‘Of course not!’ the artist cries, ‘If you’re searching for a definitive answer, pup, I’m afraid you’ve been burdened with humanity’s true curse. I don’t know the reason they reject you. I doubt they even know. The body is nothing more than a lump of flesh, given life by a golden soul which has been absent for almost a decade. They probably just sense some disturbance.’

The world exhales, letting a bitter breeze loose across the cape, and there is calm. The creature, hunched over its work, eases up a little. It straightens its back and, letting the crows dance across its cheeks, smiles.

‘Do you still paint?’ the artist asks, reclined on the rock as it awaits the rough finishing touches. He knows art is never really completed – merely abandoned – but he humours the idea regardless.

‘That is an odd question.’

‘I mean recreationally, not here. Do you still have a love for it?’

‘It has become harder since…’ The creature rocks back and forth, unsure of where to put its footing. ‘When I choose to take up the brush, I feel like I have lost my touch. I hesitate at every point. Nothing ever feels finished and I think that is why the process is so irritating; I am laying siege to an ever-growing city. I prefer to tinker. It melts some of the frustration and requires little investment, almost mindless. All I need to do is scratch away at the oils.’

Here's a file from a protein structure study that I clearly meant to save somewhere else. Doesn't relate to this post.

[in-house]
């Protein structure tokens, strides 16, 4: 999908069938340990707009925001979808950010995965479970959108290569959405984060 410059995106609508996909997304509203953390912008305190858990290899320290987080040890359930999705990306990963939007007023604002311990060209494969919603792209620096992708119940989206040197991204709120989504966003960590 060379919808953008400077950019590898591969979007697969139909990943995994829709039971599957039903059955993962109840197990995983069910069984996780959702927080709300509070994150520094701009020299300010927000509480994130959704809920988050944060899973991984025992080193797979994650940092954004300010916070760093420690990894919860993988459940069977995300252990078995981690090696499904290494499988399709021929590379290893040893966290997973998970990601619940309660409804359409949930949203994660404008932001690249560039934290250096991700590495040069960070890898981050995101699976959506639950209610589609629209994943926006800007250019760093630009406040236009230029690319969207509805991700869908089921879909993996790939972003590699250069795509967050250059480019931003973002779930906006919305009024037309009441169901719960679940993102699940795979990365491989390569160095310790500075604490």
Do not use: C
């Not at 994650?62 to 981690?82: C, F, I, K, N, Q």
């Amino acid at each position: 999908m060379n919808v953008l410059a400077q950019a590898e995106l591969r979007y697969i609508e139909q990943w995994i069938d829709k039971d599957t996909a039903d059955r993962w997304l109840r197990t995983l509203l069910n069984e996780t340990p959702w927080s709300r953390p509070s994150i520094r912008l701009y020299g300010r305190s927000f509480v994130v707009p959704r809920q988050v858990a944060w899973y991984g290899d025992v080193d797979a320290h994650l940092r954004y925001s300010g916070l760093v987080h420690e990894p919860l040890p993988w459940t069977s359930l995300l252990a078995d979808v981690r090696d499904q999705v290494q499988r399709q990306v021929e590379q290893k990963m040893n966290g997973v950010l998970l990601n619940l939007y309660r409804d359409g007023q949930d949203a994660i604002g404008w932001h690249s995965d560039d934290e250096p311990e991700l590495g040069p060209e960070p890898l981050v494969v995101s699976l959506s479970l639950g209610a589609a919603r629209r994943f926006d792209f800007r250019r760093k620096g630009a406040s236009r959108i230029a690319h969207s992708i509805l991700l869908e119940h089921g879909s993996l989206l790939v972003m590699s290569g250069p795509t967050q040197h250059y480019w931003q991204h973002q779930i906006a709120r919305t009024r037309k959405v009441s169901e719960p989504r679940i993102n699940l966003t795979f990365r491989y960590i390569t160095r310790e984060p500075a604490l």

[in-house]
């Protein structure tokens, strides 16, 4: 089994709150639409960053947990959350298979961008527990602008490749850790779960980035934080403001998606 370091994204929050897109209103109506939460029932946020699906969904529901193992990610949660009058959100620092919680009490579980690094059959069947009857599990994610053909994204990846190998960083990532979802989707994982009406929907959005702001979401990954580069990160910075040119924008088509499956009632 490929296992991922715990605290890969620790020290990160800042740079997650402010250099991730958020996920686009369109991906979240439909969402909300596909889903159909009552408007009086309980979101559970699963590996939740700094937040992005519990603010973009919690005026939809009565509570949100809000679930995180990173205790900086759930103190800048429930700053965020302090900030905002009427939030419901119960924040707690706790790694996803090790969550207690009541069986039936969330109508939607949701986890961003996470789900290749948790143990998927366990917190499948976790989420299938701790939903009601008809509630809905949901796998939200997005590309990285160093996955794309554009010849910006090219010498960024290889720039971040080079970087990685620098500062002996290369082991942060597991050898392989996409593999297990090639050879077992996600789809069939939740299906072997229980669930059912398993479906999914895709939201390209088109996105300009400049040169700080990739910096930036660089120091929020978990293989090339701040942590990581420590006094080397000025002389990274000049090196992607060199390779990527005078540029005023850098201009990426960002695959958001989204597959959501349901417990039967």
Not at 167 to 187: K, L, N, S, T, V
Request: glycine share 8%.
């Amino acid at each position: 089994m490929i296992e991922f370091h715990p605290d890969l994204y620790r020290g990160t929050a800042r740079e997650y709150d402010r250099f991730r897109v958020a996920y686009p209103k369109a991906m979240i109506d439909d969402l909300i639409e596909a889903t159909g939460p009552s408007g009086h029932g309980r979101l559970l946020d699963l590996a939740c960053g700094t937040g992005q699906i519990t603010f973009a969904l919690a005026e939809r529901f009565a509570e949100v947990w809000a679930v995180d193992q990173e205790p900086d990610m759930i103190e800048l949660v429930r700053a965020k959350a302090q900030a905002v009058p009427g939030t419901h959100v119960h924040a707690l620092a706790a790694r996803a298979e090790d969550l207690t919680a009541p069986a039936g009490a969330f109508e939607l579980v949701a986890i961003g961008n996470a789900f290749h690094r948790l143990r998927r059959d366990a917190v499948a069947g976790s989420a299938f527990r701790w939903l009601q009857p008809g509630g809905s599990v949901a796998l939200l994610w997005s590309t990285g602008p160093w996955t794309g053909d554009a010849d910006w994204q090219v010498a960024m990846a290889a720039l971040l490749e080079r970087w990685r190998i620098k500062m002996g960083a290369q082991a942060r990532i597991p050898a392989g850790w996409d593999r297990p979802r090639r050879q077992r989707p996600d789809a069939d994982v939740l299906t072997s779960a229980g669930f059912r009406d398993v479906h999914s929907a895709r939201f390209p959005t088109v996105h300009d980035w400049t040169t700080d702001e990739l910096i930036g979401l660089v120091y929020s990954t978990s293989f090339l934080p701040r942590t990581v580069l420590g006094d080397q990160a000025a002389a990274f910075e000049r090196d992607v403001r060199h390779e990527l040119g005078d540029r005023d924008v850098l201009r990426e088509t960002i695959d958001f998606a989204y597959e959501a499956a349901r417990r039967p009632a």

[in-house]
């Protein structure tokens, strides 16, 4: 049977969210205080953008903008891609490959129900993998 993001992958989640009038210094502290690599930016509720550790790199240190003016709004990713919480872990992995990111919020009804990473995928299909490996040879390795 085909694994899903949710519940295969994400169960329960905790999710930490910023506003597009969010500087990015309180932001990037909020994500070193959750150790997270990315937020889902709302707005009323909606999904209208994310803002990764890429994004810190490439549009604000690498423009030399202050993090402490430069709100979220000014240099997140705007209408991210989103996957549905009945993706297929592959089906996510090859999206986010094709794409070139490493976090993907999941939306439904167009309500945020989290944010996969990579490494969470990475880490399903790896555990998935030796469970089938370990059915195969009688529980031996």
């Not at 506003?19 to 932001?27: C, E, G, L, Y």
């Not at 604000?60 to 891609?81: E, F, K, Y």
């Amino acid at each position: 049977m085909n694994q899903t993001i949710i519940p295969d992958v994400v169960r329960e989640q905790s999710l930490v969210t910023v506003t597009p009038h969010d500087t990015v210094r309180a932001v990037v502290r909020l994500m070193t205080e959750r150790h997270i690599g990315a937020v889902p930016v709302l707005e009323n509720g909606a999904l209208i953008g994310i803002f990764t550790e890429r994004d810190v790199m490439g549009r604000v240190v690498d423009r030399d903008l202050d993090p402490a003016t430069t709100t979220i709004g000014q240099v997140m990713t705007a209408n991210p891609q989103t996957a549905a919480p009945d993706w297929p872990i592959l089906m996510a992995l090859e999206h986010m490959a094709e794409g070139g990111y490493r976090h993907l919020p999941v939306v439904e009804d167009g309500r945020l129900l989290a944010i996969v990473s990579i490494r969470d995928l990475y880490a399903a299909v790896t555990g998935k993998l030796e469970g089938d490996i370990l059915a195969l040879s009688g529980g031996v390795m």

‘You have been editing my works?’ the artist asks.

‘Not your works, never yours. Only my own.’

The artist does not speak in response, only in continuance of his thought from before. ‘I think I will paint again.’

On old bones, the creature’s hand moves across the canvas. It unleashes a series of three stabs with its finely pronged brush against the grey blob and it watches as the colours soak, the shape becoming more and more abstract with every dab as if it were crushing the creature. And then, it is done.

There was no celebration in the completion of the work. It would be like finding joy in the coming of spring, or the ending of famine.

‘Is something the matter?’ the artist asks, as the hand falls still.

‘It’s ready.’

‘Let me see.’

The artist swims to shore and steps on land for the first time since the deal was struck. Upon the canvas is an image, beautiful but haunting, painted with mudded oils too dark to come naturally. Had the assignment been granted to the Masters of the past, Michaelangelo dragged away from the Sistine to work beside Goya in his madness, with all the tools they required for their artistry, none would have created anything close in quality. It is technically brilliant, reaching an inconceivable level of precision that God himself would think pedantic. Between the subject and the interpretation there is no contest in terms of beauty: nature herself bends to peer over the pair’s shoulder, seeing where she could improve. The figure in the centre, a striking man not at all like the soul but all the better for it, is perfectly posed with its back to those voyeurs that try and keep him pinned beneath their longing gaze. He is handsome to the length that he is a far more apt description of the sight: the Huldrekall on the rocks.